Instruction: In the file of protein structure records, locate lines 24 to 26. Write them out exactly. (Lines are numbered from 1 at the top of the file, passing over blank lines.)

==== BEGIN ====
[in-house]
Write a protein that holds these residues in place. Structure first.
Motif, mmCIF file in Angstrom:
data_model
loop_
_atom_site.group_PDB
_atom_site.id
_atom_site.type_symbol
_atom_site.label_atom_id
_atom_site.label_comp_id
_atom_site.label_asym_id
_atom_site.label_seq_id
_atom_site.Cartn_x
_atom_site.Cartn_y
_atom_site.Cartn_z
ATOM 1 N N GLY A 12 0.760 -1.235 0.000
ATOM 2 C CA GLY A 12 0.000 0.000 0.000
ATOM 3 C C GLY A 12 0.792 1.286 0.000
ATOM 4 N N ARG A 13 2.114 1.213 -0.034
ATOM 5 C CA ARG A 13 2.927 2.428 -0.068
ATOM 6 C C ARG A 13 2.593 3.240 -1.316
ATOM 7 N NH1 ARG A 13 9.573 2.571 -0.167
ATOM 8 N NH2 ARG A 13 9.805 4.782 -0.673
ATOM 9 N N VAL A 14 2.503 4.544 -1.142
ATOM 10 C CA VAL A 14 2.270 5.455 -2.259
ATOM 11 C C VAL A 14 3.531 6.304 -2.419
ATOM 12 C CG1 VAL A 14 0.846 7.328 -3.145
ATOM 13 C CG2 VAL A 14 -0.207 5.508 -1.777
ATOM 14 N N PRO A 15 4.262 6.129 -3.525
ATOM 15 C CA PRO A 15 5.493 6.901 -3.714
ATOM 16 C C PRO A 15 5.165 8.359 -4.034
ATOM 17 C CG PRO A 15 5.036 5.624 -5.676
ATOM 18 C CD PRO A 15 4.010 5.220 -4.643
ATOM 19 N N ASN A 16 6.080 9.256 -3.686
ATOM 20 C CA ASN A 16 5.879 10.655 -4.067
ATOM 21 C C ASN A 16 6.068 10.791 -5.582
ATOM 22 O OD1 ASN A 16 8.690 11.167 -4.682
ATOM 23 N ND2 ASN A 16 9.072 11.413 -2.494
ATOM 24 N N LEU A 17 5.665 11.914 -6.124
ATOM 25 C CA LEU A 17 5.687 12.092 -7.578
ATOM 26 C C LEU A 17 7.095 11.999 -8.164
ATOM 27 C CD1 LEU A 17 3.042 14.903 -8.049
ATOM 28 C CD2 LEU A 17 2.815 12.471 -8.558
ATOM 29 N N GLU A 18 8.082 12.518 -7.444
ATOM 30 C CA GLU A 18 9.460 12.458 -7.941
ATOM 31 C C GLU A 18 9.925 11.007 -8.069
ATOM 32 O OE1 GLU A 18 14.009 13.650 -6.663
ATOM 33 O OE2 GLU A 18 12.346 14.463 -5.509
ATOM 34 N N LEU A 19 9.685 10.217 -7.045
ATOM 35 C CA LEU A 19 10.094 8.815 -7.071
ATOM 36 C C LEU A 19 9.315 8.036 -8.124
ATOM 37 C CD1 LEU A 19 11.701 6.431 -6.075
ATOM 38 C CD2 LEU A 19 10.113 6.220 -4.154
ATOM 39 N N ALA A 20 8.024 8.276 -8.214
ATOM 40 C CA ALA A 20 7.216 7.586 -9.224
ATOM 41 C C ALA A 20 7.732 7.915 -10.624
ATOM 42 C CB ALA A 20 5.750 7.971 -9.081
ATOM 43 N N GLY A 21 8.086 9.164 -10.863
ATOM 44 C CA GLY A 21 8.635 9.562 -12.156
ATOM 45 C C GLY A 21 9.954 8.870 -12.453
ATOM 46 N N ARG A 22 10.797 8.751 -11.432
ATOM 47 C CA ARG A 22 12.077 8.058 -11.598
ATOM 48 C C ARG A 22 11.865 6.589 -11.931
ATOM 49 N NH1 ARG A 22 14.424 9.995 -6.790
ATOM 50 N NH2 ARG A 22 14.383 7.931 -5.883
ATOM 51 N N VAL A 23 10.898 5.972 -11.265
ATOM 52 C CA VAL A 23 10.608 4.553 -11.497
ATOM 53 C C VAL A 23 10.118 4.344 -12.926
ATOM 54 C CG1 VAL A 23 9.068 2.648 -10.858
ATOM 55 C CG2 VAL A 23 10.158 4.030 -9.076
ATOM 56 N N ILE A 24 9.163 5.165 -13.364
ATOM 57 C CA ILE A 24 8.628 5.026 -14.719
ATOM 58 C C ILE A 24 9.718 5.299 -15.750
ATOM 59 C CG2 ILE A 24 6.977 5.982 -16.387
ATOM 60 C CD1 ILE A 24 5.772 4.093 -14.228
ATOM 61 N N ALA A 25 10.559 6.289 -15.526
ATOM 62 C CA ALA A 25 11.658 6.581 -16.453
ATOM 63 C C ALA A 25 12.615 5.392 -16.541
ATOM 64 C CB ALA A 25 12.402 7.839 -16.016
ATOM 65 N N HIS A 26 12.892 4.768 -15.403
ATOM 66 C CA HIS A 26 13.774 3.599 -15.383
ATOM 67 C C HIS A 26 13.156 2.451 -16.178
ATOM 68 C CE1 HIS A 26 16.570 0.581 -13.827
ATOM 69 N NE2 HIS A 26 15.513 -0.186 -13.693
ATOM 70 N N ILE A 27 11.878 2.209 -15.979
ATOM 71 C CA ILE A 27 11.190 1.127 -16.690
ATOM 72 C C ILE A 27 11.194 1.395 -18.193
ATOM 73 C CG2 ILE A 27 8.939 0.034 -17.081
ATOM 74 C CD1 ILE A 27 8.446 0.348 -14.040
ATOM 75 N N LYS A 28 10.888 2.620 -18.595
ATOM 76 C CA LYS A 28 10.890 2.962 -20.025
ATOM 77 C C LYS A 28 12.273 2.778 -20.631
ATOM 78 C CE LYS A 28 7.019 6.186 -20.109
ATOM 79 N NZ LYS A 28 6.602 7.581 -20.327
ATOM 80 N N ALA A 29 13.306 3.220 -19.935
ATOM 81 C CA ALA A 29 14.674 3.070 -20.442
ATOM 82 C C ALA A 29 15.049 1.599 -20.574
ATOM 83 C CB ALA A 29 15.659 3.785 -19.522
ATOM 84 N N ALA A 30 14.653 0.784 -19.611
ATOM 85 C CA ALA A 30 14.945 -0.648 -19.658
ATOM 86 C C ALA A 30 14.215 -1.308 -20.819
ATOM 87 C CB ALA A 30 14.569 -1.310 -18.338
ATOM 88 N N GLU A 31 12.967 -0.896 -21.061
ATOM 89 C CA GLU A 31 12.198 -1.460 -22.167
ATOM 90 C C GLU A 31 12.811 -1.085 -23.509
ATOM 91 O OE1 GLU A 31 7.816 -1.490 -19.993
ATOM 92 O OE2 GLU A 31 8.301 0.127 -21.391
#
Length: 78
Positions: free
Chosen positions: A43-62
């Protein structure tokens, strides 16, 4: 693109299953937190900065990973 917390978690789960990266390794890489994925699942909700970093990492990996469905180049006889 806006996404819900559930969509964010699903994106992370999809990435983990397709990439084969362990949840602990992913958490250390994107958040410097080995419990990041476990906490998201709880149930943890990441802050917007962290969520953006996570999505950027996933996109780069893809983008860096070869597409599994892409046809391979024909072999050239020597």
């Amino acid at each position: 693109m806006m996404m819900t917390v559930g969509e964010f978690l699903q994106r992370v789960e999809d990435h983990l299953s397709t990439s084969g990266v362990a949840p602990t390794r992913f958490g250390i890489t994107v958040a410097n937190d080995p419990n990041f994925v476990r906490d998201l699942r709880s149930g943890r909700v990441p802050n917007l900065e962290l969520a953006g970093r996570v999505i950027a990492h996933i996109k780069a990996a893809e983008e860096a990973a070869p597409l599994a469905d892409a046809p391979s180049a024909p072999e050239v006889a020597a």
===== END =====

ATOM 9 N N VAL A 14 2.503 4.544 -1.142
ATOM 10 C CA VAL A 14 2.270 5.455 -2.259
ATOM 11 C C VAL A 14 3.531 6.304 -2.419